Alexandr Vatagin (c) Mimu Herz
Alexandr Vatagin (c) Mimu Herz

ALEXANDR VATAGIN is a producer, recording, mixing and mastering engineer and has already cooperated with many domestic and international acts. You might know him from the time when he was making music himself, but in the meantime he has turned to pure studio work. Ada Karlbauer met ALEXANDR VATAGIN for the second part of the interview series about Austrian producers and talked to him about his work at Vienna’s “Sunshine Mastering”. It was about mastering as a kind of “Dark Art”, the overpowering American industry as “Role Model”, about the “Trap stuff” and boring guitar music from the 70s, “Retrotopia” as a way of ignoring the present and why the times of the analogue mixing desk are long gone.

From federal scholarship in music to pure studio work: What did the path from musician to mixing, mastering and recording engineer look like?

Alexandr Vatagin: I hadn’t really connected with music until I bought my first CD at the age of eighteen, pretty undiscerningly. From then on things went relatively fast uphill. Two years later acts like Radiohead and Sigur Ros were my idols and I decided to start the band Tupolev with Peter Holy – a friend from boyhood. With Tupolev and the Italian formation Port-Royal I got around a lot playing live in over thirty countries. Recording was an early topic, as I’ve always recorded all my bands myself from the beginning. Only mixing and mastering were always done by others. The really big break happened in 2012 when I rented a small studio to mix my last solo album [“Serza”; note] and I sort of got stuck there.


Alexandr Vatagin: I didn’t really have any idea about mixing and mastering at that time. I had already produced some stuff for others, like an EP for Fettkakao, but in the years before I was doing quite well as a musician. I had just received a state scholarship and I was also on the cover of GAP magazine with the “best” young musicians from Austria at that time who actually became well known: Dorian Concept, Clara Luzia, Soap&Skin and so on. But since it’s also nice when things are changing in life, I soon realized that I enjoy studio work so much that I really want to and have to pull it through. I just turned thirty then and couldn’t imagine having an office job or anything like it. Actually there was only this plan A.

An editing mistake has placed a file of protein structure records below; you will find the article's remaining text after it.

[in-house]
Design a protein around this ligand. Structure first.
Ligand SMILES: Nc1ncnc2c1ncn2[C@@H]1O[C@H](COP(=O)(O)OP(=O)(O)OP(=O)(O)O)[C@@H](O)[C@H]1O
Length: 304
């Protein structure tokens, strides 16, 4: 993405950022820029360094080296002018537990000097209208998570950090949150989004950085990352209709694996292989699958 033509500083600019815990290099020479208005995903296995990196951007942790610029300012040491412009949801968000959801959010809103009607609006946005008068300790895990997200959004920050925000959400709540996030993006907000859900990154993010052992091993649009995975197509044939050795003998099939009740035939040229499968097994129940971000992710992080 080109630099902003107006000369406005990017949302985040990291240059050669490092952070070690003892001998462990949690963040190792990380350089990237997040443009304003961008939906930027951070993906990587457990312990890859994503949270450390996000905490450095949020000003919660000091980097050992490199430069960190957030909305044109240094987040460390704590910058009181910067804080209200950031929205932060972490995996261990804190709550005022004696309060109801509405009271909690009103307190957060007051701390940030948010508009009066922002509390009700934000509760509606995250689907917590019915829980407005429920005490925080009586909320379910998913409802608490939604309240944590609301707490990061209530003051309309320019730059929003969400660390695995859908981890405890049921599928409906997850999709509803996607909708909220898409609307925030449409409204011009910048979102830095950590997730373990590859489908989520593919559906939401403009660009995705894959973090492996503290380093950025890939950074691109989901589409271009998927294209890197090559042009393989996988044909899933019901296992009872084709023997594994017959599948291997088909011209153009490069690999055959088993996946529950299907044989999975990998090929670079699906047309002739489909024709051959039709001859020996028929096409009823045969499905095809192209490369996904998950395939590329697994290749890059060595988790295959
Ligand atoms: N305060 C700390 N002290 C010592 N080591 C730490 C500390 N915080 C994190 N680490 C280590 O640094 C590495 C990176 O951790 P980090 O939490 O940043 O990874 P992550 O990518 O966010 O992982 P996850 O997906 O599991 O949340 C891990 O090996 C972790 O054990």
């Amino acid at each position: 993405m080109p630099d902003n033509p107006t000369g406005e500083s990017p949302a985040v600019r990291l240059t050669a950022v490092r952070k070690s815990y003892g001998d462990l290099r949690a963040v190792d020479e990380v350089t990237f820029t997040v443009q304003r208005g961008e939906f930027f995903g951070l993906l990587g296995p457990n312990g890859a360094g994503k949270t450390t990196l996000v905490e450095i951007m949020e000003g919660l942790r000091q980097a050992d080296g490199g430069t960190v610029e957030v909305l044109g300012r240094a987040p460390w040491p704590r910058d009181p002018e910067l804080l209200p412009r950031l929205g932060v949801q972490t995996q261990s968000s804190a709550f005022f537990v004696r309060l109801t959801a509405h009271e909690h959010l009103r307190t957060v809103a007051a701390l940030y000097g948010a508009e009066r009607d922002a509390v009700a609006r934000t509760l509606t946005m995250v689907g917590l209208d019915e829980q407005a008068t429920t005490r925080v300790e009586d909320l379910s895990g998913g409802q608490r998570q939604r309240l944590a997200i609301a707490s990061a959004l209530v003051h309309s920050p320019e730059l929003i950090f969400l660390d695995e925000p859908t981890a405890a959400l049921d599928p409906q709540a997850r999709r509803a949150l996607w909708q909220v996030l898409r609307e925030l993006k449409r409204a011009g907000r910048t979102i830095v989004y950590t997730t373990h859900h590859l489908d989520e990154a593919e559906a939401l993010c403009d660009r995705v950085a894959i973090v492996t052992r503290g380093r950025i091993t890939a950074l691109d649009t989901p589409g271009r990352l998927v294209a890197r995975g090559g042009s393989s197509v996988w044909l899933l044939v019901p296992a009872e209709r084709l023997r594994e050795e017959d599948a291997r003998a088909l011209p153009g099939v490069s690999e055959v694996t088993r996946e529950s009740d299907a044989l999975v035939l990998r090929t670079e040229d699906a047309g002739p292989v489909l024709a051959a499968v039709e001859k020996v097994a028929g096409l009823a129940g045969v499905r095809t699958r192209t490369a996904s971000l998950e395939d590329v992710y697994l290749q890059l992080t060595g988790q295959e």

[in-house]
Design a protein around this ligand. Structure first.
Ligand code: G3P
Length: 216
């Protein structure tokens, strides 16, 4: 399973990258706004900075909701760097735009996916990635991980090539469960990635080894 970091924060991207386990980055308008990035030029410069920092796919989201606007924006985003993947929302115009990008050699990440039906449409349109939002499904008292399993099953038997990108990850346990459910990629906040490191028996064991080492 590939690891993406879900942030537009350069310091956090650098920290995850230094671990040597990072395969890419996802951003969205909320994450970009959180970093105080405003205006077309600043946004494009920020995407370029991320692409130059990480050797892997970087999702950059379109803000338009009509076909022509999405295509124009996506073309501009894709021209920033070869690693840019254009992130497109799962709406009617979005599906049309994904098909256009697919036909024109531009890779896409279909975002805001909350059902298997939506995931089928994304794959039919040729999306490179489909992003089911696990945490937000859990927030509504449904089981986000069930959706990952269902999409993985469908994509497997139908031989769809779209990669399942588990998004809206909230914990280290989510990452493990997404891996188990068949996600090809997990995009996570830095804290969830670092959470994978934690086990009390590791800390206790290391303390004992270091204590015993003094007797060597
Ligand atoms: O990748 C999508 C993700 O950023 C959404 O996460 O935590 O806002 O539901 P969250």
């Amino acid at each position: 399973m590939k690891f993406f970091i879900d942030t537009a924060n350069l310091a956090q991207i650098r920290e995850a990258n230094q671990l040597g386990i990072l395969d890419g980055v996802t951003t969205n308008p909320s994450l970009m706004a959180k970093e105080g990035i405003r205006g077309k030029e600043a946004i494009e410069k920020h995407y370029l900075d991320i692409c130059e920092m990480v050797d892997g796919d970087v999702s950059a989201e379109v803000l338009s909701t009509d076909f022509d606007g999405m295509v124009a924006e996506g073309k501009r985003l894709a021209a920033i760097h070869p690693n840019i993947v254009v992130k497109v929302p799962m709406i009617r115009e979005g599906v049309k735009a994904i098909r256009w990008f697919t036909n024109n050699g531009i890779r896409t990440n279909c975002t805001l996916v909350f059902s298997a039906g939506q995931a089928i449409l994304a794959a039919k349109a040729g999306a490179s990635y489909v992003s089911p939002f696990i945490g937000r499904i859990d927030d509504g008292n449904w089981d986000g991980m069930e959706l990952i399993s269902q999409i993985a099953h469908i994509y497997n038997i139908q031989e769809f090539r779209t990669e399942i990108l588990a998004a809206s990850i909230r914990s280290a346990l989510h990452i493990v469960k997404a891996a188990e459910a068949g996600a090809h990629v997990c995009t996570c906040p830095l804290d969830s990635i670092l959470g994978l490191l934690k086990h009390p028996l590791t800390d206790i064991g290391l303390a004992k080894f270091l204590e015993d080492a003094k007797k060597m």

It almost seems as if the trial-and-error method was the common approach to music production.

Alexandr Vatagin: Yes, I think it’s pretty normal, unless you are working in the classical field. For, as a sound engineer, you definitely have to meet other criteria. With pop music in the broadest sense, whether it’s experimental electronics, indie rock or mainstream pop, in the end it’s always the final product that counts. The path leading to it can be different for each and every one of us. Everyone has his/her own style, shaped by musical preferences and his/her own personality, which actually makes it extremely exciting and diverse. I mainly do mastering which is known as a “Dark Art”. Theoretically, your own influence is much smaller compared to mixing or recording, but the better you get and the more unfinished a mix is, the more mastering then makes a big difference.


In Austria many jobs seem to come about through personal connections. Is this different on an international level?

Alexandr Vatagin: It’s quite similar, because most jobs actually come via recommendations, and recommendations usually come from artists with whom you’ve been working for a long time. In this respect it’s still very much personal. Whereas now, more and more often I’m getting requests due to the sound of a certain production. The real big difference in international cooperation is that you never see each other. I’m working with some people I’ve never seen before, although the collaboration has been going on for years.